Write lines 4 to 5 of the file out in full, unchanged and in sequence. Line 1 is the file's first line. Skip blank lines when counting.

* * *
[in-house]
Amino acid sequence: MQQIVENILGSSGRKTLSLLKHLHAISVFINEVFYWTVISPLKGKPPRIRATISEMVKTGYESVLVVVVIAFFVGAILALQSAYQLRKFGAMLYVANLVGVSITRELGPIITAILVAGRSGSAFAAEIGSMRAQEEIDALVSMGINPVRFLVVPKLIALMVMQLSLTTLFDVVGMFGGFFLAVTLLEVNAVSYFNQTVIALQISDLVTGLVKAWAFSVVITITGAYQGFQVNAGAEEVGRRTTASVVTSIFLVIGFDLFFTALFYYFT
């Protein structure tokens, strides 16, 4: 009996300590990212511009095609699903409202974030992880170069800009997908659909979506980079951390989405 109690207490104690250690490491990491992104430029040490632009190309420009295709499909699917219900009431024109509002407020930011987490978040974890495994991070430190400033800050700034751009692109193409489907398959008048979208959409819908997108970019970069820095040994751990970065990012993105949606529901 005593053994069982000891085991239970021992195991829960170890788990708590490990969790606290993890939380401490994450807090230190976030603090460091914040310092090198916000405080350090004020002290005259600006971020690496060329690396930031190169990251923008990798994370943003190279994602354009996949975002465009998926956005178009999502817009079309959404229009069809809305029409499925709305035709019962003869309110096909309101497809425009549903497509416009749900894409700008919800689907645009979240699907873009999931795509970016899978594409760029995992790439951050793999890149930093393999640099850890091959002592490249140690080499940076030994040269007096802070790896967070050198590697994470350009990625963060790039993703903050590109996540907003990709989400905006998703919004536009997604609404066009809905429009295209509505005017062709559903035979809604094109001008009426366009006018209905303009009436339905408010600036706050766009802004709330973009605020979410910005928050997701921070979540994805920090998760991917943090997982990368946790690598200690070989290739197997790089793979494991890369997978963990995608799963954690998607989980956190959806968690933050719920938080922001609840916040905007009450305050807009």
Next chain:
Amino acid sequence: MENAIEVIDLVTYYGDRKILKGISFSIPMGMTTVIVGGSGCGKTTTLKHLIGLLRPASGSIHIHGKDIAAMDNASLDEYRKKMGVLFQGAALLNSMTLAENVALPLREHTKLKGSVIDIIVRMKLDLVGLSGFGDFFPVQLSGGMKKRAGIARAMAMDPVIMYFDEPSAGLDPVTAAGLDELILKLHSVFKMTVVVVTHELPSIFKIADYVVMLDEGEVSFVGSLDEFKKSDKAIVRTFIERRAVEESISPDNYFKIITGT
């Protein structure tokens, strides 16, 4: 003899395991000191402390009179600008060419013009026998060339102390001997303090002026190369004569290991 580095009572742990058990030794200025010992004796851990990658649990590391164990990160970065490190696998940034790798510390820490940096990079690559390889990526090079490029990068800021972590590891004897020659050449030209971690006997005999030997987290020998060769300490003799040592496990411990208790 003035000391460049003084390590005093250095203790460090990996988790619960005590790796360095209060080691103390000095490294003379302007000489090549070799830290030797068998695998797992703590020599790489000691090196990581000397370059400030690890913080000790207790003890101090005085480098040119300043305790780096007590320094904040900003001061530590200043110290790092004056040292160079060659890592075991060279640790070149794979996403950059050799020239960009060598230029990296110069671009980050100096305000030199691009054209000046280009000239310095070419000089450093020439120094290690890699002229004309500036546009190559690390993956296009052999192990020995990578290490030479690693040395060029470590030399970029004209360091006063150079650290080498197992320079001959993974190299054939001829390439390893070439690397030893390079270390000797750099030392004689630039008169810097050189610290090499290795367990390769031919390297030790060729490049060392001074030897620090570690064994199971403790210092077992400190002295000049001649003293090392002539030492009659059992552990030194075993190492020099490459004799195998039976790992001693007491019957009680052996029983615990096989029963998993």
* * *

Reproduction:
Next chain:
Amino acid sequence: MENAIEVIDLVTYYGDRKILKGISFSIPMGMTTVIVGGSGCGKTTTLKHLIGLLRPASGSIHIHGKDIAAMDNASLDEYRKKMGVLFQGAALLNSMTLAENVALPLREHTKLKGSVIDIIVRMKLDLVGLSGFGDFFPVQLSGGMKKRAGIARAMAMDPVIMYFDEPSAGLDPVTAAGLDELILKLHSVFKMTVVVVTHELPSIFKIADYVVMLDEGEVSFVGSLDEFKKSDKAIVRTFIERRAVEESISPDNYFKIITGT